LONDON (MarketWatch) -- Citigroup Inc. said it got a $7.5 billion injection from the Abu Dhabi Investment Authority, a much-needed shot in the arm as the financial-services giant weighs cutting more jobs and slashing the value of debt securities on its balance sheet.
The deal eased concern among some analysts that the bank would have to cut its dividend to maintain important capital levels. It also boosted confidence by showing that a major investor is willing to back Citi.
"The dividend in my view is well protected," Dick Bove, an analyst at Punk Ziegel & Co., wrote in a note to clients on Tuesday. "The sale indicates active interest among pools of money to invest in this company." He upgraded the stock to buy from market perform.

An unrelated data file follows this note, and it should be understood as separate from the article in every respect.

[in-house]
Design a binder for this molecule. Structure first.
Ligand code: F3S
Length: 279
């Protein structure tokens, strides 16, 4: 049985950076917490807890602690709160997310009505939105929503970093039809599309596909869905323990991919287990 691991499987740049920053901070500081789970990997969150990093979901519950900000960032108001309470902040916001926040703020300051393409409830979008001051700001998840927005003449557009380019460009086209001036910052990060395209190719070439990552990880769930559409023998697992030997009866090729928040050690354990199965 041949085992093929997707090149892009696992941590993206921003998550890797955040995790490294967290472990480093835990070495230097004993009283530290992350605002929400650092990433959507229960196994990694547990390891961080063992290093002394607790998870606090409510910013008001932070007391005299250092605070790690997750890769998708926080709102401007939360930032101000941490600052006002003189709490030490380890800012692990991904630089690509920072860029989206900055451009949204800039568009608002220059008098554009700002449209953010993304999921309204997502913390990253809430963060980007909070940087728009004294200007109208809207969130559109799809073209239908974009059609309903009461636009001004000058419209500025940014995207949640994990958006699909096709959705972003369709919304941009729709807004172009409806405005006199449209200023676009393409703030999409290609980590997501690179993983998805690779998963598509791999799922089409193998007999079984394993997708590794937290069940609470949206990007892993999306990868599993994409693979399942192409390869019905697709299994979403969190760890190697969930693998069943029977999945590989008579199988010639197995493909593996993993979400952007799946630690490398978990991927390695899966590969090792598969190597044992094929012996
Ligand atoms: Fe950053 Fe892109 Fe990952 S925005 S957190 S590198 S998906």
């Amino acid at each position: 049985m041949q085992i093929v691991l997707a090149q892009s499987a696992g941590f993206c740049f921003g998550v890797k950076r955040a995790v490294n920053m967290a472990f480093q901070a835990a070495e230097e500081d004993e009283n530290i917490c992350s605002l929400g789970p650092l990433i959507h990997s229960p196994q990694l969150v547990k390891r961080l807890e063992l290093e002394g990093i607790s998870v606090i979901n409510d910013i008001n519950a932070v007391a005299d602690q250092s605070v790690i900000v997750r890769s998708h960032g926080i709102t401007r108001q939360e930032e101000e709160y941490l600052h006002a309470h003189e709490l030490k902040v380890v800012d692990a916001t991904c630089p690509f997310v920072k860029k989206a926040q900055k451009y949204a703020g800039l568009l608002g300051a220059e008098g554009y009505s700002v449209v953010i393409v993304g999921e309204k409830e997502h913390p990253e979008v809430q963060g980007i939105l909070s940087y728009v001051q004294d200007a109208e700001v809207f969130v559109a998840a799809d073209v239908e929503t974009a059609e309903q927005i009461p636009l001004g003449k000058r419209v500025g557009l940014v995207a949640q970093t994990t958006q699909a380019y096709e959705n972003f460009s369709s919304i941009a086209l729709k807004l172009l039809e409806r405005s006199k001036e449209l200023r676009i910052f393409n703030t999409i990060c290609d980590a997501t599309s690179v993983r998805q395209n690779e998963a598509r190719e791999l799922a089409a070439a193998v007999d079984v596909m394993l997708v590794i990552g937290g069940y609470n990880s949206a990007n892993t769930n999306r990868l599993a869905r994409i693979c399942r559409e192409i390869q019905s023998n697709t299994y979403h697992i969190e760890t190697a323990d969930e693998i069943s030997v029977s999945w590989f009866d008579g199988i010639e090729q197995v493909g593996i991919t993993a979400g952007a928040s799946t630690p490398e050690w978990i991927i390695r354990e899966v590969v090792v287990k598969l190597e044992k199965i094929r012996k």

Still, other analysts remained worried, noting that Citi may still have to sell assets and raise more capital next year.
"Further capital raises and balance sheet actions may be necessary in 2008, as balance sheet risks linger," John McDonald, an analyst at Banc of America Securities, wrote in a note to investors.
Citigroup's shares rose 1.7% to close at $30.32 on Tuesday. The stock, which dropped below $30 for the first time in more than five years on Monday, has lost 40% of its value this year. The deal also helped lift the broader stock market. See full story.
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